As reported extensively collating the data available from around the world, accidental deaths caused on the roads are humongous courtesy of a variety of reasons, including safety and human errors. As such, governments from respective countries have laid tremendous emphasis on ensuring the safety aspects of the vehicles are perpetually upgraded with an eye to reduce the fatalities caused by accidents. Reckless driving is the most obvious reason for accidental deaths heading northwards and this is where the authorities concerned must focus on introducing an efficient safety mechanism. Of course, several modern-day vehicles are launched with airbags acting as the primary safety tool to save precious lives from getting lost.
PC – Sukrit Kumar
As you are aware, most of the vehicles launched recently have a minimum of four airbags with frontal airbags being made compulsory. This is the case with the Indian vehicles presently. However, there was incessant pressure on the transport ministry to introduce six airbags compulsorily from the general public as well as the experts. But this proposal appears to have met with stiff resistance from the automobile industry. It was not surprising to notice when the Union Road Transport minister said that the Union Government has put off its plan to mandate six airbags in vehicles with a capacity of up to eight passengers from October 1 because the auto industry didn’t have a unanimous view on the subject.
As mentioned above, frontal airbags have been compulsory for new vehicles since 2021. Mind you, the debate over vehicle safety is important because road accidents are globally the leading cause of death for people in the 15-40 age group. In India, the toll is very high. In 2021, there were 1.54 lakh fatalities, or 18 deaths every hour. Data from the US indicates that frontal and side airbags can save 34% and 31% lives, respectively. The case for providing new vehicles with side airbags is supported by data. Highways in India, national and state, constitute about 5% of the road length. But they account for 51% of fatalities because of the momentum of impact. Despite a compelling case for side airbags, there’s no reason to be disappointed by GOI’s decision on it.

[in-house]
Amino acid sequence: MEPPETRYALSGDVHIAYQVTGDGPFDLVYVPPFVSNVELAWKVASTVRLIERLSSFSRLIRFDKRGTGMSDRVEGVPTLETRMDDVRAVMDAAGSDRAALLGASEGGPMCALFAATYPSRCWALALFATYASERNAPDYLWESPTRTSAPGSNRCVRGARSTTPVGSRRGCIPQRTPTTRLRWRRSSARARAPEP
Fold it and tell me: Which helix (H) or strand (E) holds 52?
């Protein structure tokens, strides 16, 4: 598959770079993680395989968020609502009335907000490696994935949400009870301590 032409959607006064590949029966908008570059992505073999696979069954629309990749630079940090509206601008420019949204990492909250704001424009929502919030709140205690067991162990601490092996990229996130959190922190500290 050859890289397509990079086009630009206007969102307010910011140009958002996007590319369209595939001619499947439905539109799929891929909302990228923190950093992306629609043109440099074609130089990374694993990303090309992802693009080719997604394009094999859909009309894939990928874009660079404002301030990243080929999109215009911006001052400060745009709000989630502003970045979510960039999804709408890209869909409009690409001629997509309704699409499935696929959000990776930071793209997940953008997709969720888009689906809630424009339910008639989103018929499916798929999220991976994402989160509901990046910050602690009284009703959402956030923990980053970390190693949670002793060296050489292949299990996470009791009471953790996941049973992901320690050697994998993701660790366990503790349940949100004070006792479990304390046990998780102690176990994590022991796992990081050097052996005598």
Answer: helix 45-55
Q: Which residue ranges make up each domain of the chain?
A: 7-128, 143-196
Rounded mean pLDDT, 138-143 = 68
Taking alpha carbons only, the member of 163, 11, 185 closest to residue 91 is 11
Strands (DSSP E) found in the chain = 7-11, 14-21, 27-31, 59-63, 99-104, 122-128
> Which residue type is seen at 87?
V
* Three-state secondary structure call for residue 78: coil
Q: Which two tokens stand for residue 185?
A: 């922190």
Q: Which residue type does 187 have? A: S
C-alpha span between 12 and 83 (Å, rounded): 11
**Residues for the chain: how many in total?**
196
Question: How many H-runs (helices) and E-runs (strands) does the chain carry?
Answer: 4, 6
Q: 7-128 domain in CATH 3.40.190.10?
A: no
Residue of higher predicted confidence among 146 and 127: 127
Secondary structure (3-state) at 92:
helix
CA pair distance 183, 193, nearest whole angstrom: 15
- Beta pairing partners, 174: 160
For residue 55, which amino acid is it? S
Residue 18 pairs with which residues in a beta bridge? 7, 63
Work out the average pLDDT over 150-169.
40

In a smart move, GOI made a wise decision to enable a process by which customers force auto firms to upgrade safety features. Bharat New Car Assessment Programme (NCAP) is a tool developed in collaboration with global partners to provide Indian car buyers with a measure to assess comparative safety standards. Right now, it’s a voluntary programme that allows manufacturers to test safety features and has them measures in line with international norms. Once a vehicle takes the test, it gets rates on its performance, which is then in the public domain. Some manufacturers have opted for Bharat NCAP, creating competitive pressure on others to follow suit. Competition nudging auto firms to enhance safety standards is the best way forward.